I have a list of functions and their 'apply priority'.

It looks like this. Length of it is `33`

```
listOfAllFunctions = [ (f1, 1)
, (f2, 2)
, ...
, ...
, (f33, 33)
]
```

What I want to do is generate a list of permutations of the above list with no duplicates and I only want 8 unique elements in the inner list.

Which I'm implementing like this

```
prioratizedFunctions :: [[(MyDataType -> MyDataType, Int)]]
prioratizedFunctions = nubBy removeDuplicates
$ sortBy (comparing snd)
<$> take 8
<$> permutations listOfAllFunctions
```

where `removeDuplicates`

is defined like

```
removeDuplicates a b = map snd a == map snd b
```

Lastly I'm turning the sublists which'd be `[(MyDataType -> MyDataType, Int)]`

to a composition of functions and a `[Int]`

with this function

```
compFunc :: [(MyDataType -> MyDataType, Int)] -> MyDataType -> (MyDataType, [Int])
compFunc listOfDataAndInts target = (foldr ((.) . fst) id listOfDataAndInts target
, map snd listOfDataAndInts)
```

Applying the above function like this `(flip compFunc) target <$> prioratizedFunctions`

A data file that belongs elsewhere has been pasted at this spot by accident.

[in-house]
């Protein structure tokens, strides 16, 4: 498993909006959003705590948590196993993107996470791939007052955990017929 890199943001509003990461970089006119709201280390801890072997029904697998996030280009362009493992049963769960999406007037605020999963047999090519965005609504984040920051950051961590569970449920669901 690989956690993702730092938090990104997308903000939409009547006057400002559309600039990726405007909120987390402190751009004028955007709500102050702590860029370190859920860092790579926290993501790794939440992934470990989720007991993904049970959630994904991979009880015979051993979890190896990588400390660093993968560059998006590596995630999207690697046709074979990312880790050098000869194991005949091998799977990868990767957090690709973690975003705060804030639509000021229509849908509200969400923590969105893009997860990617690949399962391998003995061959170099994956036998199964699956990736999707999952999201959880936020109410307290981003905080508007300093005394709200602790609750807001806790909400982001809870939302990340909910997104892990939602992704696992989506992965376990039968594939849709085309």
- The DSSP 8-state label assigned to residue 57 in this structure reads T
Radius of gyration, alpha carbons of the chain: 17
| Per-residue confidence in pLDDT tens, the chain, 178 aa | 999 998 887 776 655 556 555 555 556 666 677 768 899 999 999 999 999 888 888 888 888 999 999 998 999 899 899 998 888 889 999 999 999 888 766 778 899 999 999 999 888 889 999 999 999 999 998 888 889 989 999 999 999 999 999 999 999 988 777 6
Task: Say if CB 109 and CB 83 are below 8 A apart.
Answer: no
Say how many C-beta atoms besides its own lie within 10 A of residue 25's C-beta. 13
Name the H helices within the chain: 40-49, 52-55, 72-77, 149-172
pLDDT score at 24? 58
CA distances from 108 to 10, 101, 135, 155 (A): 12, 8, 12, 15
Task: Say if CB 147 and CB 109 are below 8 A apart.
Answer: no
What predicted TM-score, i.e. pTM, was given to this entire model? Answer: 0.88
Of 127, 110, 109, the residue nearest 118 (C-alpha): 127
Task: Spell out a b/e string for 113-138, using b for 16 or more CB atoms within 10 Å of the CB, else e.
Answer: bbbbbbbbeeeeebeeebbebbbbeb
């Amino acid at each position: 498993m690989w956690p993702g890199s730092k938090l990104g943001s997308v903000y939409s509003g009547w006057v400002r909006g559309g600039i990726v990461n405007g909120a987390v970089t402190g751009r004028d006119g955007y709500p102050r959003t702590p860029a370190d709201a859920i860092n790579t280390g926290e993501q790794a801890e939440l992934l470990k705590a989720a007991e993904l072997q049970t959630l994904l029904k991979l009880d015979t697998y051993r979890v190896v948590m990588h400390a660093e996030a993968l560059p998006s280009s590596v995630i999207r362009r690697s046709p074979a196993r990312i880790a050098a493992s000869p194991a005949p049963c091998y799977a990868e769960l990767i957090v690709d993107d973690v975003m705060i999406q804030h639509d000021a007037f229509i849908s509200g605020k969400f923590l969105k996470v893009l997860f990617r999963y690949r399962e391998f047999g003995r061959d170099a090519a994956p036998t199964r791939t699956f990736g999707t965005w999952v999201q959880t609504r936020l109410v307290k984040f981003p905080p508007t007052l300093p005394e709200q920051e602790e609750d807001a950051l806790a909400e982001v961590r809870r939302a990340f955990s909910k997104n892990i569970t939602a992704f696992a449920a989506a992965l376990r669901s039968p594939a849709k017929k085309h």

All of the above is a simplified version of the actual code but it should provide the gist it.

The problem is that this code takes practically forever to execute. From some prototyping I think the blame of it falls on my implementation of `permutations`

function inside `prioratizedFunctions`

.

So I was wondering, is there a better way of doing what I want (basically generating permutation of `listOfAllFunctions`

where each list only contains 8 elements, every list of elements sorted by their priority with `snd`

and containing no duplicate list)

or is the problem inherently a long process?

`choose 0 xs = [[]]`

`choose n [] = []`

`choose n (x:xs) = map (x:) (choose (n-1) xs) ++ choose n xs`

. Will it have the same effect as the function I used in my question? – atis Jan 11 at 15:08